In this sense, Adorno almost merits the accusation of having advanced the paradoxical concept of a “Marxism without the proletariat.” The very opening of his last work, Negative Dialectics (1966), is illustrative in this sense: “Philosophy, which once seemed obsolete, lives on because the moment to realize it was missed.” For Adorno the leftist German Jew, the “attempt to change the world miscarried.” If one reflects even for a moment on the vast atrocities and historical errors that marred the twentieth century, the latter claim here cited would certainly be justified—but then one asks, what next? Why the sense that history has ended—that the chance for social revolution or even relative improvement has been “missed,” never to return? Can there be no rebirth of rebellion? Lanning is right to stress that Adorno’s politics are not especially helpful as regards reconstructive anti-systemic action, or praxis. Hence, a palpable conflict can be seen between the constant demand Adorno’s political philosophy makes for negation, following Hegel’s example, and his practical suggestion that corrective action is useless and revolution inconceivable, amidst the putatively “absolute power of capitalism.”2

    Lanning argues that Adorno’s political philosophy, though highly critical of capitalism and authority, is excessively negative: his view is that it can be summarized as amounting to “unfettered negativity” (172). Lanning denounces Adorno’s seemingly wholesale rejection of the actuality or even potentiality of proletarian resistance and the development of anti-capitalist and anti-systemic alternatives, in light of the established power of monopoly capitalism and its culture industries. In Adorno’s presentation, as is known, the working-class majorities of capitalist societies are reduced to thoughtless “masses,” both colonized by and integrated into capitalism—supposedly willingly, on this account. Lanning posits that such a point of view leads Adorno inexorably to adopt an “essentially […] defeatist perspective”: “to him the class struggle was already lost” (18, 25). Having repudiated the positive and practical aspects of historical materialism, Adorno concerned himself with specializing in high art and writing in an exceedingly inaccessible style—as in the image of the Grand Hotel Abyss, indeed—and his few forays into social studies suffer from significant methodological problems, in Lanning’s view. Above all, as Lanning emphasizes, Adorno’s theory of social change is basically non-existent, and the sparse work he focuses on this question rather problematic. Overall, the author of In the Hotel Abyss is concerned that Adorno’s readers are left dialectically disempowered, even subject to despair, as they contemplate the vast depravity of capitalism and the lack of resistance to the system that Adorno observes, and upon which he concentrates.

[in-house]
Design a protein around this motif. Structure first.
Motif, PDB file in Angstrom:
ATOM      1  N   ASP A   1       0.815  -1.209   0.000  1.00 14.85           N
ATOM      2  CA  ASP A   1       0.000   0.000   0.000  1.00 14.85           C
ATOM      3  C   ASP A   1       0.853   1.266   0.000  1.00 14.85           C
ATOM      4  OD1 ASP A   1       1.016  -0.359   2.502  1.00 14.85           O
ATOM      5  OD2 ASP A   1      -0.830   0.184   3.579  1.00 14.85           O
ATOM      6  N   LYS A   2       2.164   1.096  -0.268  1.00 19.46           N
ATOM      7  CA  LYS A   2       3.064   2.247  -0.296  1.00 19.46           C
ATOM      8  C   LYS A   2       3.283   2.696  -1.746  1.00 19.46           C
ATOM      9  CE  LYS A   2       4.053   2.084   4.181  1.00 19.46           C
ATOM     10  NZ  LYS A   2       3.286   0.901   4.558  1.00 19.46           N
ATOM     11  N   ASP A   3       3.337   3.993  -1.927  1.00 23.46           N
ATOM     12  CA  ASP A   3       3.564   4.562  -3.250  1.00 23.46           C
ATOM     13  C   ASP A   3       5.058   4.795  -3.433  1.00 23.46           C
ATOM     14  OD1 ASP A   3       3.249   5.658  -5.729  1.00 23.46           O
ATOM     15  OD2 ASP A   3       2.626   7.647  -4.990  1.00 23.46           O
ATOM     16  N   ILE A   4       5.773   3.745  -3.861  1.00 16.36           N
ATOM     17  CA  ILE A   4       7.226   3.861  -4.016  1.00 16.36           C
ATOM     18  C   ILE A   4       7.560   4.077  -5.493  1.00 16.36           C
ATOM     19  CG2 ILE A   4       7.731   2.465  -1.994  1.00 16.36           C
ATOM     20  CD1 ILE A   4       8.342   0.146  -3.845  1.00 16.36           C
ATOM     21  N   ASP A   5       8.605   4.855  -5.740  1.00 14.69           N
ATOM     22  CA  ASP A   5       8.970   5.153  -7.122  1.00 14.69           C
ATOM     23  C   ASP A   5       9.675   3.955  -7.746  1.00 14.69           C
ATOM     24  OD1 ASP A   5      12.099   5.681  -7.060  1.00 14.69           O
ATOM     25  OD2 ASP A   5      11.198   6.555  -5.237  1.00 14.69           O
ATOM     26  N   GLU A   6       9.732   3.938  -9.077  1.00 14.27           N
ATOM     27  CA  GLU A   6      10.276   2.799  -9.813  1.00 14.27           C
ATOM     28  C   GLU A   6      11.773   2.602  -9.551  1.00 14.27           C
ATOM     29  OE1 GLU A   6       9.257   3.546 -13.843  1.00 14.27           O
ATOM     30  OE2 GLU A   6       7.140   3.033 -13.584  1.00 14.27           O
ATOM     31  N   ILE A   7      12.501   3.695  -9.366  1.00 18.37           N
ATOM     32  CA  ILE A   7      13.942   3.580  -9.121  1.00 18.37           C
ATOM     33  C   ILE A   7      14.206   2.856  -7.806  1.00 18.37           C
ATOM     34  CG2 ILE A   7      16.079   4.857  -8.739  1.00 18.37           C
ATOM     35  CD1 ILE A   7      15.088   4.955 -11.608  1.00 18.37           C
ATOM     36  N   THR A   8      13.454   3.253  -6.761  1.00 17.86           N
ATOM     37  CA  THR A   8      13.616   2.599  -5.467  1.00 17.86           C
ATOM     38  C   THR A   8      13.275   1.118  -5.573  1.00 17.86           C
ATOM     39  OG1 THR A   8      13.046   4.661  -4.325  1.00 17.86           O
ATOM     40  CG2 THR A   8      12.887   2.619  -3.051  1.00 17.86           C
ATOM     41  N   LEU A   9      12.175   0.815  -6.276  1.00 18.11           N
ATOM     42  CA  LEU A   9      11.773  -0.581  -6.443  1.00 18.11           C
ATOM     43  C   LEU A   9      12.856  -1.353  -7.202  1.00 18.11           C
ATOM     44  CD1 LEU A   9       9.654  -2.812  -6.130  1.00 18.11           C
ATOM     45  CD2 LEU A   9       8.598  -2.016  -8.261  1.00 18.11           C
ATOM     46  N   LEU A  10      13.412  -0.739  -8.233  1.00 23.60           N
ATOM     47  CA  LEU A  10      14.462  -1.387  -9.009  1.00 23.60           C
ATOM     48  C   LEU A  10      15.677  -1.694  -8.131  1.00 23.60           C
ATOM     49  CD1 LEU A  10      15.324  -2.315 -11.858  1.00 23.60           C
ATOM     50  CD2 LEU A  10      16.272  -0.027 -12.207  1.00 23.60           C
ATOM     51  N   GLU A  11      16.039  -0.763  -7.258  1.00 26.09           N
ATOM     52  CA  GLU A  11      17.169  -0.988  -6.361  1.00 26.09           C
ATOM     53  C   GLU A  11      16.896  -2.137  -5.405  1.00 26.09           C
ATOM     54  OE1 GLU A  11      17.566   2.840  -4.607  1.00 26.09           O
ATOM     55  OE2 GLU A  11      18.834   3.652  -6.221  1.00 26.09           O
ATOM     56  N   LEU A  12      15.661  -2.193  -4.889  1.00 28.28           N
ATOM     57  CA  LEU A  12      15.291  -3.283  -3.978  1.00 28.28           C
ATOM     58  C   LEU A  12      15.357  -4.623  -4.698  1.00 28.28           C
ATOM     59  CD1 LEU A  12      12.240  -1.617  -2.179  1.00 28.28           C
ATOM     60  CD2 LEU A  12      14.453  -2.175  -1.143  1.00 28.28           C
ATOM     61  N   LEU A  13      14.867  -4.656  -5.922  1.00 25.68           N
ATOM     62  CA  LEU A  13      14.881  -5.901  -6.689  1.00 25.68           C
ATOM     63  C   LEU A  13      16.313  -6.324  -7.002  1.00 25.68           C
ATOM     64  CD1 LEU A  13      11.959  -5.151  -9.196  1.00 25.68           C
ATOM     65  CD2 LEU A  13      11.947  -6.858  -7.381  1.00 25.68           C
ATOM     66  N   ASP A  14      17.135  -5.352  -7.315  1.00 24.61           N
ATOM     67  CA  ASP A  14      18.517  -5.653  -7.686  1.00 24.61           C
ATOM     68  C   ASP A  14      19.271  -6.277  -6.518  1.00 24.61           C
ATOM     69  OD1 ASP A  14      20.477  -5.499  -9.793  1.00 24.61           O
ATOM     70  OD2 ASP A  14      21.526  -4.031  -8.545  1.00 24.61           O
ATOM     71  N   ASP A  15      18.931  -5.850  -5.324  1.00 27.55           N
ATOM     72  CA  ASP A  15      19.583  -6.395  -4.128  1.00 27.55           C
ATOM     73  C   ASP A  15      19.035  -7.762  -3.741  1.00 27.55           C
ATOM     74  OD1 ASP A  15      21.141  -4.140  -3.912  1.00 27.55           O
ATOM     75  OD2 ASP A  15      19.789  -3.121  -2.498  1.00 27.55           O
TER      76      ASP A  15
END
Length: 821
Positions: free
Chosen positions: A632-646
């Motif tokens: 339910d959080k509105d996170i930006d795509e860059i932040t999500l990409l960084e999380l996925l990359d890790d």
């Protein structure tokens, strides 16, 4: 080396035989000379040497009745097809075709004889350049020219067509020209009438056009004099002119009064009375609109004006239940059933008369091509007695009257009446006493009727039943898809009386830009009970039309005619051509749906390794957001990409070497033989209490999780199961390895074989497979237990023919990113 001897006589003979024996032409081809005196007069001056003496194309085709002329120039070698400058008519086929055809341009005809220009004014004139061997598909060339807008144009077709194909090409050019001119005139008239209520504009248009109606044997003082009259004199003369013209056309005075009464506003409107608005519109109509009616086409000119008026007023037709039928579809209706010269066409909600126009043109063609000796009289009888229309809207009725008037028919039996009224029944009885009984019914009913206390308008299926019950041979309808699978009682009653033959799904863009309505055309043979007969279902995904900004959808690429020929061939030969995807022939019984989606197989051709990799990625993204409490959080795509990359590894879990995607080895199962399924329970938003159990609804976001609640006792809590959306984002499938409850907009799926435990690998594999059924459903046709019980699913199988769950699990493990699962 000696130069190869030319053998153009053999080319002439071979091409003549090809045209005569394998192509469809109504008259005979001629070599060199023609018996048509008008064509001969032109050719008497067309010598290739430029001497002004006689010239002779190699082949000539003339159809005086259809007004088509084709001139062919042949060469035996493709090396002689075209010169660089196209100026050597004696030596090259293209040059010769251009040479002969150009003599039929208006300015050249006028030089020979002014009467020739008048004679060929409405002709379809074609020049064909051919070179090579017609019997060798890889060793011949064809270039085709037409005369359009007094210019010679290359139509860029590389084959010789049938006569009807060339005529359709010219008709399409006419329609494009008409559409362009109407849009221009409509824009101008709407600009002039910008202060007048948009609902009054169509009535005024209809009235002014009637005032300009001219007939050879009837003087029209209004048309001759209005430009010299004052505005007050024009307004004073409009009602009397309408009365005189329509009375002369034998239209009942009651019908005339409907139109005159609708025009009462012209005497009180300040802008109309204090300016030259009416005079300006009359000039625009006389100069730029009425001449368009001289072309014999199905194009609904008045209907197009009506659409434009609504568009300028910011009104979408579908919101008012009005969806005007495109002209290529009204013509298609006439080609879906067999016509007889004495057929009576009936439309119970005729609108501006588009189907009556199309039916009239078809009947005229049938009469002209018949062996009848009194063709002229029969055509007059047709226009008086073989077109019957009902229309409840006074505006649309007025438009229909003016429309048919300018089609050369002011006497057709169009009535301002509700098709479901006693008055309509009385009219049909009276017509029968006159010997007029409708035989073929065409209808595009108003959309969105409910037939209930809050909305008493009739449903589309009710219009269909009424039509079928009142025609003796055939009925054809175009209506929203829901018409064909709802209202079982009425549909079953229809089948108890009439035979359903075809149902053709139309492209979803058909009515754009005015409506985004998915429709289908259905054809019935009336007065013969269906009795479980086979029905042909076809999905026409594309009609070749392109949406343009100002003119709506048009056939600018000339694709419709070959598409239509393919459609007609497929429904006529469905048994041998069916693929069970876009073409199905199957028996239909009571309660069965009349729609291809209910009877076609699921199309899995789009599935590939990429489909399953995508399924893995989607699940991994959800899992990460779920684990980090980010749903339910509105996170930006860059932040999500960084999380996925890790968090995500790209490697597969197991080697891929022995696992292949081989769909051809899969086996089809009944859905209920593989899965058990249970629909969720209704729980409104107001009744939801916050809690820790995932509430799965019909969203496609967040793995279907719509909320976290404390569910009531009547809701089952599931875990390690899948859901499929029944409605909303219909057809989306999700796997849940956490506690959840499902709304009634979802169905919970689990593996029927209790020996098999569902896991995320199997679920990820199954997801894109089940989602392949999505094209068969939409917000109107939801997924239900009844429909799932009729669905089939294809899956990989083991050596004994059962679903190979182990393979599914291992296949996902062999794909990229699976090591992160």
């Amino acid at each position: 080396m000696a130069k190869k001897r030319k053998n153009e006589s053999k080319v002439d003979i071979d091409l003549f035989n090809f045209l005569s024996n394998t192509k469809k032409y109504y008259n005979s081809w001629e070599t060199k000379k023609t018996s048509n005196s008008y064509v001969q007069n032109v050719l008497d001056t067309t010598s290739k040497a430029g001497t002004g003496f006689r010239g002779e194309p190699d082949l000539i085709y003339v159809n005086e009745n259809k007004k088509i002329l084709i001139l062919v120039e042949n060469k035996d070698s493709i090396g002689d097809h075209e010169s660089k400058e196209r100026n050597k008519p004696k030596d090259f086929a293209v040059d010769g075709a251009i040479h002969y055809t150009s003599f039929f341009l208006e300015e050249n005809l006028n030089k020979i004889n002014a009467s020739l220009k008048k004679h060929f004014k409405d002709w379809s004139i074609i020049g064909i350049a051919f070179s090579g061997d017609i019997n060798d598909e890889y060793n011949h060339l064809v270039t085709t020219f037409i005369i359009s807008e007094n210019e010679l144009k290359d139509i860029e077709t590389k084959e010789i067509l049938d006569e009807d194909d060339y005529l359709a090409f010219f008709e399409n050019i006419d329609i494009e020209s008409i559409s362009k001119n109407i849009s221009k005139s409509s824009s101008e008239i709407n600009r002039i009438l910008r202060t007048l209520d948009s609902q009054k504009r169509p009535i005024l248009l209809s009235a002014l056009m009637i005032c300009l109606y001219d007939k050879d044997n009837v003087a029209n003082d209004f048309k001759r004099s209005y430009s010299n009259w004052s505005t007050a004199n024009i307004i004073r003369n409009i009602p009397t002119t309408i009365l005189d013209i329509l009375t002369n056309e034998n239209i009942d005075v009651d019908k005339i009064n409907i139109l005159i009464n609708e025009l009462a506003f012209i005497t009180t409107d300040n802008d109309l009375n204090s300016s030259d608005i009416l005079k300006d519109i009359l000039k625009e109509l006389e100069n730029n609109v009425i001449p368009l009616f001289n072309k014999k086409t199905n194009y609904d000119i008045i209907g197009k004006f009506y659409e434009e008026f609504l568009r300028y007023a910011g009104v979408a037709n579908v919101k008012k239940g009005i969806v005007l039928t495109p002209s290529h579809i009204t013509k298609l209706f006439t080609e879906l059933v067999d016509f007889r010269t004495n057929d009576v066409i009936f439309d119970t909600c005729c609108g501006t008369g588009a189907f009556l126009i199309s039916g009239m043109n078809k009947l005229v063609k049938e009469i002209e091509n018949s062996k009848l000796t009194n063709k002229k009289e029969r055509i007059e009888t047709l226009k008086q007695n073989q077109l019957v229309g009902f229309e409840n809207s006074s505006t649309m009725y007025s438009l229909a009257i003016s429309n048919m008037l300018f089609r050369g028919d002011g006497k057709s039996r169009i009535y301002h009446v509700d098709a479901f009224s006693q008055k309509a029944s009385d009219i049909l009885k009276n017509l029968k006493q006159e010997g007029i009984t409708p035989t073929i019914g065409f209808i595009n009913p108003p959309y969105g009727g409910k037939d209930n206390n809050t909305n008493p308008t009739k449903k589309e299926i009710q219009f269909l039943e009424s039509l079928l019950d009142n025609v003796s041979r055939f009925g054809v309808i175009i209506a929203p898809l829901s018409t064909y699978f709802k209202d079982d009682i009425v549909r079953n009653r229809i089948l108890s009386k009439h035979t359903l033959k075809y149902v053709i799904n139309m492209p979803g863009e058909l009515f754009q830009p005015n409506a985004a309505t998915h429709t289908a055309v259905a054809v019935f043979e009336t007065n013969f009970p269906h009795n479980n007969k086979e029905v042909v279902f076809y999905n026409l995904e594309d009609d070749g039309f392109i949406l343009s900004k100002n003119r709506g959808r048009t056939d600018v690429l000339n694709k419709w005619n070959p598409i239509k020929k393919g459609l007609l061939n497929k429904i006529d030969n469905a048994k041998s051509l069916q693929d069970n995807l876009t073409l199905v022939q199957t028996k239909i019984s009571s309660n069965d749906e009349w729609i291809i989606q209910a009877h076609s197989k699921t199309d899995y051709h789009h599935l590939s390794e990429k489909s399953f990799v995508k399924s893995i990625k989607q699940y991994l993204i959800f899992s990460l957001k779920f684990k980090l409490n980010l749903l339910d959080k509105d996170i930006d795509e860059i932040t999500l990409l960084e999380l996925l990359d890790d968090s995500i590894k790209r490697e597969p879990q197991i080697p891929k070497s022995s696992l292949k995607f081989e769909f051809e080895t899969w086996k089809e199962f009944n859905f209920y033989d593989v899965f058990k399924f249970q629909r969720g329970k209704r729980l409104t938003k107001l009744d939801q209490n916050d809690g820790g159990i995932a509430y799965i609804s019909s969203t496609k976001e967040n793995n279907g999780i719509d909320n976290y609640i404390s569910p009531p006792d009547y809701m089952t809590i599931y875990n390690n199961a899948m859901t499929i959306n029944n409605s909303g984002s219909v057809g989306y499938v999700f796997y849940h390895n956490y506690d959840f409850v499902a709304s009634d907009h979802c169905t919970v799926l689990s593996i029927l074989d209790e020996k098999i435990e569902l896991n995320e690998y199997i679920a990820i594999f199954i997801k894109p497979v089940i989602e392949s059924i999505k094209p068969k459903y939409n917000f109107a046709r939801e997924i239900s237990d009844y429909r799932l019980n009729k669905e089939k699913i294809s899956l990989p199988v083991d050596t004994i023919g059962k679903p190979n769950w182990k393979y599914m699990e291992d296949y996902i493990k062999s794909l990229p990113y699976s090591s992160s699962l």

This new volume certainly presents many compelling criticisms of Adorno’s lifework, particularly with regard to the philosopher’s elitism and political aloofness—manifestations, to be sure, of his disregard for the unification of theory and praxis, or his doubts even about the possibility of such—and for this reason merits a great deal of consideration, discussion, and debate. Adorno’s philosophical system had many shortcomings, and Lanning helpfully illuminates a number of the most important ones. Yet some of the critique presented In The Hotel Abyss of the philosopher also reproduces Adorno’s own penchant for exaggeration, overlooking the real contributions he made and continues to make to anti-capitalist struggle.

    In the Hotel Abyss: Challenging Adorno

    Lanning’s critique of Adorno is at its most incisive in terms of the challenge it presents to those who may hold the critical theorist actually to have been left-wing or revolutionary. The evident disconnect between theory and practice highlighted by Lanning in Adorno’s case is notorious. Like Horkheimer, Adorno favored the total overcoming of bourgeois society—its
    determinate negation, taking from Hegel’s dialectical method. Yet he dedicated exceedingly little of his intellectual life-work to theorizing about political action or change, and even less to concretely organizing against the system. While he is well-known for his radical critique of capital, as elaborated perhaps most systematically in Minima Moralia: Reflections on a Damaged Life (1951), Adorno doubtlessly errs in holding dialectical contradiction to come to be effectively arrested within the Iron Cage of monopoly capitalism. Speculatively, Lanning hypothesizes that the theorist’s self-assuredness on this point serves precisely as a means of ignoring the very “working class outside Adorno’s door” (11). Admittedly, the absence of discussion about class struggle or revolutionary political action of any sort in Adorno’s oeuvre is evident, and glaring. Lanning suggests that Adorno would do well to reconsider Hegel, who defined the dialectic fundamentally as movement and development, as in the image of the seed and the blossoming flower or fruit. “Where Adorno sees the acquiescence of the masses to the immediate environment he should also see […] the possibilities for developing the individual’s relation to such powers [of capital] and the possible alternatives in the face of it” (36).